The Paris prosecutor’s office announced on Wednesday that it had opened an investigation this month into Syrian President Bashar al-Assad for alleged crimes against humanity, launching a case that highlights the divisions between the world’s major military powers over relations with the autocrat.
Fabius said the opening of the French probe should not prevent the United Nations and particularly its global Commission of Inquiry on Syria to press on with their own investigations. It is unclear who might eventually be charged and whether French investigators would travel to war-torn Syria.
On Tuesday the USA leader said removing Assad was a vital step to defeating the Islamic State group, which has taken advantage of the chaos in Syria to bring large parts of the country and neighboring Iraq under its rule.
He said France had evidence that foreign fighters were being trained in camps in Syria to carry out attacks in Europe. Frank-Walter Steinmeier said on the sidelines of the United Nations General Assembly meeting in New York that there’s no authoritative information yet on “the targets and methods of these airstrikes“.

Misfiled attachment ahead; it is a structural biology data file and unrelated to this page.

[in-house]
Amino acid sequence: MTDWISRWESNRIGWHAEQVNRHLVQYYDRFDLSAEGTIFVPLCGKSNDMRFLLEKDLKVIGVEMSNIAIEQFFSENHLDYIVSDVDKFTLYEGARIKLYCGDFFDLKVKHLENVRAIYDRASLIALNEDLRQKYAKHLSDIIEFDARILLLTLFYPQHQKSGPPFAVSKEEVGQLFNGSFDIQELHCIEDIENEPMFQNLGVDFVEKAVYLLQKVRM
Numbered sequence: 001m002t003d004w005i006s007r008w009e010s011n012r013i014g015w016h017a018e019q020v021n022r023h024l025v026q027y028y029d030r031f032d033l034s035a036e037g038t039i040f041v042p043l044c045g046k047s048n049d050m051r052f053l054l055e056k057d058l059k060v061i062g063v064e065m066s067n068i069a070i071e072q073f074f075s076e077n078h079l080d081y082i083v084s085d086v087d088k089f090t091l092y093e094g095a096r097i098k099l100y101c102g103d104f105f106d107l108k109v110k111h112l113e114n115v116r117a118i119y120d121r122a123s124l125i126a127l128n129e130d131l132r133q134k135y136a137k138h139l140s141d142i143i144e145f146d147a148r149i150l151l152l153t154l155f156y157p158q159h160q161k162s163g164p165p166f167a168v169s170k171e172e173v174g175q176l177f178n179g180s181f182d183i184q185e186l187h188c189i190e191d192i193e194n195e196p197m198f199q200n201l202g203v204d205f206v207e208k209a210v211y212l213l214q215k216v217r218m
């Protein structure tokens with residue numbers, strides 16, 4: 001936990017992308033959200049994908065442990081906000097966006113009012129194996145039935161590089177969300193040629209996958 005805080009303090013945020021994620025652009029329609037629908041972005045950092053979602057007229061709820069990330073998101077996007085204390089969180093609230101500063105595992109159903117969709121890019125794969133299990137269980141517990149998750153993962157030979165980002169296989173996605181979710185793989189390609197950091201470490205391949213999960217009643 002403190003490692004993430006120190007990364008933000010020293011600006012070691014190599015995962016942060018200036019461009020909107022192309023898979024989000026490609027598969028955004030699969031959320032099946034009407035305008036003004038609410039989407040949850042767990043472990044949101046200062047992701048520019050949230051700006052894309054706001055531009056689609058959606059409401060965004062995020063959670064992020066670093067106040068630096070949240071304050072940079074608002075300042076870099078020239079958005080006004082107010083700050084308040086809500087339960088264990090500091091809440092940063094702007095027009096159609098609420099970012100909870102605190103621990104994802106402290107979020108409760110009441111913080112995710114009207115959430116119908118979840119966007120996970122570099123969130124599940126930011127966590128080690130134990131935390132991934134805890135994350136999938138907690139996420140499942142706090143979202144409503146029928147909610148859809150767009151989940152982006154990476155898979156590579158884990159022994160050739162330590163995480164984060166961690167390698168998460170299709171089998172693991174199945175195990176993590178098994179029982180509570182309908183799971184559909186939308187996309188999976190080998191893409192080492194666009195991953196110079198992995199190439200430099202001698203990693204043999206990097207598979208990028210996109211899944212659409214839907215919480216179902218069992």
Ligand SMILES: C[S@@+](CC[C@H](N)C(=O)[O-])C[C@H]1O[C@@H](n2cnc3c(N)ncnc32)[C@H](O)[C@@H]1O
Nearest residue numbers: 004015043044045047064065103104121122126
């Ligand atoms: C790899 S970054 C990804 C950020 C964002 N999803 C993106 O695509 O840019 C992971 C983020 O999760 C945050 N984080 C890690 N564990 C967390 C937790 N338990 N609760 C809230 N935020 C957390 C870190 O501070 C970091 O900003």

On Monday, Hollande nodded again toward the need to work with Syrians who want to free their country of both those violent actors.
“If Bashar Assad accepts the political process where he transitions out of the country, I think we can get somewhere”, Al-Jubeir said, “but we haven’t seen any indication that he would do this, nor have we seen any indication that his two main supporters, Russian Federation and Iran, are prepared to push him in that direction”.
Feinstein, who is the ranking Democrat on the Senate intelligence committee, said help from “Russia and Iran in a political solution for Syria is important”.
While the mission was led by the French fighters, the U.S.-led coalition group helped in the attack that saw the deployment of six aircrafts.
Jubeir would not be drawn on specifics of what the military option would look like, but noted that Saudi Arabia is already supporting “moderate rebels” in their battle against Assad. On Wednesday, Putin received permission from Russia’s parliament to deploy troops overseas – potentially to Syria.
In Iraq, a spokesman for Prime Minister Haidar al-Abadai said officials in Baghdad are in talks with the Russians about cooperation in the hope that shared intelligence “will further our abilities to defeat the terrorists that are within our borders”.